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Progress in vaccines for coronavirus 'promising'

By ZHANG ZHIHAO | China Daily | Updated: 2020-07-22 07:21
A woman holds a small bottle labeled with a "Vaccine COVID-19" sticker and a medical syringe in this illustration taken on April 10, 2020. [Photo/Agencies]

The phase-two clinical trial of the COVID-19 vaccine candidate created by the Academy of Military Medical Sciences and Chinese biotech company CanSino Biologics has found that it is safe and can induce an immune response, according to research published in The Lancet medical journal on Monday.

Also on Monday, The Lancet published the results of phase-one and phase-two clinical trials of a similar adenovirus vectored vaccine developed by scientists at Oxford University and biotech company AstraZeneca. That vaccine also demonstrated success in safety and potency against COVID-19.

Experts have called these results "promising". However, pressing questions remain, such as the longevity of its protection, the appropriate dosage to trigger a strong immune response and whether there are host-specific differences such as age, sex or ethnicity. These questions will be probed in larger scale phase-three trials.

An adenovirus vectored vaccine works by using a weakened common cold virus to introduce genetic material from the novel coronavirus into the human body. The idea is to train the body to produce antibodies that recognize the coronavirus spike protein and fight it off.

In the phase-two trial of the Chinese vaccine, 508 people took part, 253 of them receiving a high dose of the vaccine, 129 a low dose and 126 a placebo.

Ninety-five percent of participants in the high dose group and 91 percent in the low dose group had either T-cell or antibody immune responses 28 days after receiving the vaccine. T-cells can directly target and kill invading pathogens, making them a key part of the human immune response.

The authors emphasized, however, that no participants were exposed to the novel coronavirus after vaccination, so it is still too early to say whether the vaccine candidate can effectively protect against COVID-19 infection.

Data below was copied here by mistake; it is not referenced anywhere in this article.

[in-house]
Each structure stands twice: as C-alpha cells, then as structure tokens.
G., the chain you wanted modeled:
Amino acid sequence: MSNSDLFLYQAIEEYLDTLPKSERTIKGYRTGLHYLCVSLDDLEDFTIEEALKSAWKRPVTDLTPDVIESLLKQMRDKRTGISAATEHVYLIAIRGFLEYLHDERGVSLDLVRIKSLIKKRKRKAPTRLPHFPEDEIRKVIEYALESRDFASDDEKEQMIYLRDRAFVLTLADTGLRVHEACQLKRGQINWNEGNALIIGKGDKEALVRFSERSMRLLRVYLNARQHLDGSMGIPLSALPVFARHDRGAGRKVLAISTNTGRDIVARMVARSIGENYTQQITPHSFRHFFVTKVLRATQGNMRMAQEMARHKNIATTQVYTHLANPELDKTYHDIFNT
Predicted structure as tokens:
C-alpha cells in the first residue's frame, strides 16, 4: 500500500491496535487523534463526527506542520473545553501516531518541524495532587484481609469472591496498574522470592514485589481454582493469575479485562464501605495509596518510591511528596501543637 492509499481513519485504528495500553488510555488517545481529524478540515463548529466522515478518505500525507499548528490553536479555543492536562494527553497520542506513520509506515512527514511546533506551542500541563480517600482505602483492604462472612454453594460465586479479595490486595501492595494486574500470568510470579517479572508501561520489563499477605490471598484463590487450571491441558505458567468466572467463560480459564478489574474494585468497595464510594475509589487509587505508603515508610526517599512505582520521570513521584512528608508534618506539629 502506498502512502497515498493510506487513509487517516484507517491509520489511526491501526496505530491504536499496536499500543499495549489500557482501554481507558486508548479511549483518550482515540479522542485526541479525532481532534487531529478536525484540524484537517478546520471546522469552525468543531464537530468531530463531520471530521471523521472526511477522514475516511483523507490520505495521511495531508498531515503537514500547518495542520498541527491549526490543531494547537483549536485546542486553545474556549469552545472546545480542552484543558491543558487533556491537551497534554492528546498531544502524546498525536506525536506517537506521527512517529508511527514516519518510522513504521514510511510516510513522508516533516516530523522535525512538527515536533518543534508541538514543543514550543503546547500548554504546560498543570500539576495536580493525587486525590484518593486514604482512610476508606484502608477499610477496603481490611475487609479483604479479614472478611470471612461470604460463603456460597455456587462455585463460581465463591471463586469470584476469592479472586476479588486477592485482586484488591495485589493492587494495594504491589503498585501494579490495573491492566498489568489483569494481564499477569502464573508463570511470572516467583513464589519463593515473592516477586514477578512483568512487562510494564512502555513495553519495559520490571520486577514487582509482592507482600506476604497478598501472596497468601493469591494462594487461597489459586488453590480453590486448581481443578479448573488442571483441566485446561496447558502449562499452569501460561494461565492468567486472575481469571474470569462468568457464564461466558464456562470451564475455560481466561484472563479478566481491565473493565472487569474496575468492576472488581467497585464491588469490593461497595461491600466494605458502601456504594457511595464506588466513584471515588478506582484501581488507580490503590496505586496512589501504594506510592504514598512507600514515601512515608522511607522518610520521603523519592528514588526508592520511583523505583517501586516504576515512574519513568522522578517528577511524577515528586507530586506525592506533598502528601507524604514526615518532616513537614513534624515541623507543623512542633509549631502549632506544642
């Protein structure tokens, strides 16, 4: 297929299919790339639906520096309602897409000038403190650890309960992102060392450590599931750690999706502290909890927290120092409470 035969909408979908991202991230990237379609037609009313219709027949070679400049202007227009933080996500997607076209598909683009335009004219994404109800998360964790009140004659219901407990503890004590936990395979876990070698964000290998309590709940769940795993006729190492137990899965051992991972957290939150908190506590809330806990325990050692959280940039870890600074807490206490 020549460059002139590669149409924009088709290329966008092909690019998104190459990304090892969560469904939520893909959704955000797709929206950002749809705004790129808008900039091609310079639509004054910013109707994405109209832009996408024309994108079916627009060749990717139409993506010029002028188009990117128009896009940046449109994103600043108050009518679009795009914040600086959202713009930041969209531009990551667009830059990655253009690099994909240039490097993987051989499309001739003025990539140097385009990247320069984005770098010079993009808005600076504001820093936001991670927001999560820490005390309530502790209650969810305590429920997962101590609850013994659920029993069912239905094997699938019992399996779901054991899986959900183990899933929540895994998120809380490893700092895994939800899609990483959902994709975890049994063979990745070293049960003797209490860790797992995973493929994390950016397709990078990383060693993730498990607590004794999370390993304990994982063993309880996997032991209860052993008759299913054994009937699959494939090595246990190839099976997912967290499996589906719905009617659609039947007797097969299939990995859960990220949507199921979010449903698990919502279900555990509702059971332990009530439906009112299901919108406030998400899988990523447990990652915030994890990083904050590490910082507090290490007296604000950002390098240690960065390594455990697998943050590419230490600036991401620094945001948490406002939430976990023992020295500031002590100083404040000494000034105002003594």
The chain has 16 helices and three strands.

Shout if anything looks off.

As for adverse reactions, fever, fatigue and injection-site pain were some of the noted side effects of the Chinese vaccine, though most of these reactions were mild or moderate.

Another caveat was that with the vector for the vaccine being a common cold virus, people may have preexisting immunity that kills the viral carrier before the vaccine can take effect, which could partially hamper the immune responses. Compared with younger people, older participants generally had significantly lower immune responses, the study found.

Chen Wei, who spearheaded work on the vaccine, said in a news release that elderly people might possibly require an additional dose to induce a stronger immune response, but further research would be needed to evaluate that approach.

CanSino, the developer of the vaccine, is in talks on launching phase-three trials in several foreign countries, Qiu Dongxu, executive director and co-founder of CanSino, said at a conference in Suzhou, Jiangsu province, on Saturday.

An accompanying editorial in The Lancet on the two latest vaccine studies called the results of the trials from China and the United Kingdom "broadly similar and promising".

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